NATO 2030: new technologies, new conflicts, new partnerships
- NDC Research Paper 17: NATO 2030: new technologies, new conflicts, new partnerships, edited by Thierry Tardy. Introduction by Benedetta Berti.
NATO’s history is marked by both profound continuity and deliberate adaptation. Over the past seven decades, NATO’s mission, the defense of the Euro-Atlantic area, and its constitutive values – democracy, individual liberty, the rule of law – have not changed. Similarly, the Alliance’s founding principle, namely the commitment Allies have made to defend each other and work together for their common security and defense, is as relevant today as it was when the Alliance was established in 1949.
At the same time, NATO has adapted throughout its history to ensure it always remained capable to fulfil its mission and guarantee the defense and security of the almost one billion citizens it was established to protect. In the last decade, this meant that the Alliance had to boost its ability to tackle more sophisticated non-conventional threats. It has done so by investing in resilience as well as by enhancing its tools to fight terrorism, counter cyber threats, and respond to hybrid challenges. Even more fundamentally, since 2014, NATO has responded to the changing security environment by implementing the biggest adaptation of its collective defense since the end of the Cold War. This has led to deploying combat-ready troops in the East of the Alliance, modernizing NATO’s command structure and Headquarters, enhancing the readiness of Allied forces and to an increased and sustained Allied commitment to invest more in defense.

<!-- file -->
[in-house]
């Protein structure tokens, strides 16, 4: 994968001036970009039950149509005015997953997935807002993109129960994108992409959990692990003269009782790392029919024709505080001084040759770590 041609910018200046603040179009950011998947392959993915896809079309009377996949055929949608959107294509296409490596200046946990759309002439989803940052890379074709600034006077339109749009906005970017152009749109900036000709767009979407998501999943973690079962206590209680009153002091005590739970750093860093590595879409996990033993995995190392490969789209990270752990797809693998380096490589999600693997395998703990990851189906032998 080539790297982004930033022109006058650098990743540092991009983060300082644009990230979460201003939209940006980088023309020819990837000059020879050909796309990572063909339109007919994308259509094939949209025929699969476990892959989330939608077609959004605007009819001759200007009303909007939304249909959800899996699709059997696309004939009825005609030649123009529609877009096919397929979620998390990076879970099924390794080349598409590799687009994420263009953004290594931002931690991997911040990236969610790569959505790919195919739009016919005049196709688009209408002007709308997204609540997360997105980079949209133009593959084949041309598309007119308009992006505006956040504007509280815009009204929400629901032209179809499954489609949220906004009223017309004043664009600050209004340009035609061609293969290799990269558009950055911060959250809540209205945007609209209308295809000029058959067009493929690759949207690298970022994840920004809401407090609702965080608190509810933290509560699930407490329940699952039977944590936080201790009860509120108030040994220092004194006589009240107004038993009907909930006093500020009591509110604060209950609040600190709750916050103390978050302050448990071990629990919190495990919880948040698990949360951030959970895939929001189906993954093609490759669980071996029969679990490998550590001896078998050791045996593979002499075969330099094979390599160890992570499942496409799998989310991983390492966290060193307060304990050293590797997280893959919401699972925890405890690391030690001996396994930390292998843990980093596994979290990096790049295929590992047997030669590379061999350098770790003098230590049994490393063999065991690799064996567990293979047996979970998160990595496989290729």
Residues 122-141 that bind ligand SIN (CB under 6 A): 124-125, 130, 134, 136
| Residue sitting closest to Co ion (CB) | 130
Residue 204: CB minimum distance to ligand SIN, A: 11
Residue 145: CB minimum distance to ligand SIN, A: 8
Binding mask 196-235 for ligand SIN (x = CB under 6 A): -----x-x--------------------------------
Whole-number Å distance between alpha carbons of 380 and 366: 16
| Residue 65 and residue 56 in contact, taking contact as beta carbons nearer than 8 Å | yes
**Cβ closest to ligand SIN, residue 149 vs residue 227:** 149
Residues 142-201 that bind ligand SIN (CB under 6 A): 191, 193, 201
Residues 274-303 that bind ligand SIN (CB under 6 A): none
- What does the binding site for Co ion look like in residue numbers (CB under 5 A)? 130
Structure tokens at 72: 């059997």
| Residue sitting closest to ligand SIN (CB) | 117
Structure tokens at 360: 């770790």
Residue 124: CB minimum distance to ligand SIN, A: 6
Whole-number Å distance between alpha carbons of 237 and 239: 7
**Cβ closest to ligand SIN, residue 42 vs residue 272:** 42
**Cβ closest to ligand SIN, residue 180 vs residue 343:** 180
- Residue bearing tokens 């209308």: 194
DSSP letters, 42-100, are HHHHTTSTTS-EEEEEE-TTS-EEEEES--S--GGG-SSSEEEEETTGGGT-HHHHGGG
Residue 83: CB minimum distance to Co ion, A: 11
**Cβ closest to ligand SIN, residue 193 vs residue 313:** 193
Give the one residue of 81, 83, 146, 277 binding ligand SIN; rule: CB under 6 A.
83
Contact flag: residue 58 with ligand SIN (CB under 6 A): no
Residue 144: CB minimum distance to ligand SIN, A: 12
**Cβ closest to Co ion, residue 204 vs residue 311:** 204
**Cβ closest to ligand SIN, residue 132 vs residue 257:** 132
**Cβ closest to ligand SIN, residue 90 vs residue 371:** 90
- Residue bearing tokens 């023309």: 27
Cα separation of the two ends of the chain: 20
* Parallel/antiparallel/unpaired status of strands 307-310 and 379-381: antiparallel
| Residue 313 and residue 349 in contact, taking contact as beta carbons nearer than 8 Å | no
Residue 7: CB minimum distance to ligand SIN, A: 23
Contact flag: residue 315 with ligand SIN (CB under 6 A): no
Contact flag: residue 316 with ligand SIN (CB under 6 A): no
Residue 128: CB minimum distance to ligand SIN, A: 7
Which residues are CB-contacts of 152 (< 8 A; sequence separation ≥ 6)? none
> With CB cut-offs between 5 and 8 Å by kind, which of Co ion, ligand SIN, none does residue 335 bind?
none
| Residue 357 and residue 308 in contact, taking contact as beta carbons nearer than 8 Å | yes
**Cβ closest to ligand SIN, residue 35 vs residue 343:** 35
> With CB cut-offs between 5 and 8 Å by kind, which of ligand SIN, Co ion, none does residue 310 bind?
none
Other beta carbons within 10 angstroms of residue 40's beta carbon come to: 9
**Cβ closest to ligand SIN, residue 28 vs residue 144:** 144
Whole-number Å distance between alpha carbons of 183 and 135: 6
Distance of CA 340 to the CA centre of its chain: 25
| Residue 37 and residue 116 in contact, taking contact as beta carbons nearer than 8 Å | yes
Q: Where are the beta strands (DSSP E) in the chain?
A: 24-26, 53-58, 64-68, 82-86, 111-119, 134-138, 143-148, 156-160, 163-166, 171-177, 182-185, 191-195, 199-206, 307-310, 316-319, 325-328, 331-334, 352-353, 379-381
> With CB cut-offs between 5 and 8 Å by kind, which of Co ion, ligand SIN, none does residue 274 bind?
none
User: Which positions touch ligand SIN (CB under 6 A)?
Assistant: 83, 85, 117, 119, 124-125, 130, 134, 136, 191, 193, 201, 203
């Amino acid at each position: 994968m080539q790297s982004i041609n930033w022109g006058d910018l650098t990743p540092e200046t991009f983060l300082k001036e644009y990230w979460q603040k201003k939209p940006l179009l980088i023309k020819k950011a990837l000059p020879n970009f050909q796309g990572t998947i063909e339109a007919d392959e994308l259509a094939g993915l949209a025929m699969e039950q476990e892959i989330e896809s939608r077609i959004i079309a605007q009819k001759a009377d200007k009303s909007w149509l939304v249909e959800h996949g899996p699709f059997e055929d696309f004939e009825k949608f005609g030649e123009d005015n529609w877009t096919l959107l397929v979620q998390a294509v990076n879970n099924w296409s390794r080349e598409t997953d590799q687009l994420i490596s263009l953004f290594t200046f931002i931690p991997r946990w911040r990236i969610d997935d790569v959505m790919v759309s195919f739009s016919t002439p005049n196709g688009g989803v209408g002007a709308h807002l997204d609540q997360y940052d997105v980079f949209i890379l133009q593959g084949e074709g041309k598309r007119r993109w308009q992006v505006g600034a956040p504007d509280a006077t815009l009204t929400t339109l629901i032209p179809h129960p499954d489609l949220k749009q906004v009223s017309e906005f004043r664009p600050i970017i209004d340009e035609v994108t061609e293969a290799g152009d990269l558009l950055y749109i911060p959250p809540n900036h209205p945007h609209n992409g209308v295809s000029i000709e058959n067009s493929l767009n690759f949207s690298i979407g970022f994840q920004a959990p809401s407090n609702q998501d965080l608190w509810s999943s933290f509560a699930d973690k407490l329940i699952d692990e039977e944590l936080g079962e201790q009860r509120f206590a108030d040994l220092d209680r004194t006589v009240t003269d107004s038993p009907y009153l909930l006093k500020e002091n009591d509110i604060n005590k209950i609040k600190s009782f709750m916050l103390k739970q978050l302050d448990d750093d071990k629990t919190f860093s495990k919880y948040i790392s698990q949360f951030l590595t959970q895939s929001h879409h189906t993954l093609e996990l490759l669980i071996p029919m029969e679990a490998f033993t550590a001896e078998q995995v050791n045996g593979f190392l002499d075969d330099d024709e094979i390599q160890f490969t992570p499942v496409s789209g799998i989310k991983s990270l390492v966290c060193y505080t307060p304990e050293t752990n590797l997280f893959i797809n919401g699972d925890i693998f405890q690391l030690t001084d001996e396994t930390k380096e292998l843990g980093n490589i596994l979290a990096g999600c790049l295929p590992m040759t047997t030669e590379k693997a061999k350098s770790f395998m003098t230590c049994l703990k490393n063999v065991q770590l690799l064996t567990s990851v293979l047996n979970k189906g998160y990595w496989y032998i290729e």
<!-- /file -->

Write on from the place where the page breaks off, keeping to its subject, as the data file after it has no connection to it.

In this context, NATO 2030, Secretary General Jens Stoltenberg’s initiative, is driven by the belief that, to remain a strong and agile Alliance, NATO must continue its adaptation and focus on how to respond to a rapidly changing security environment.
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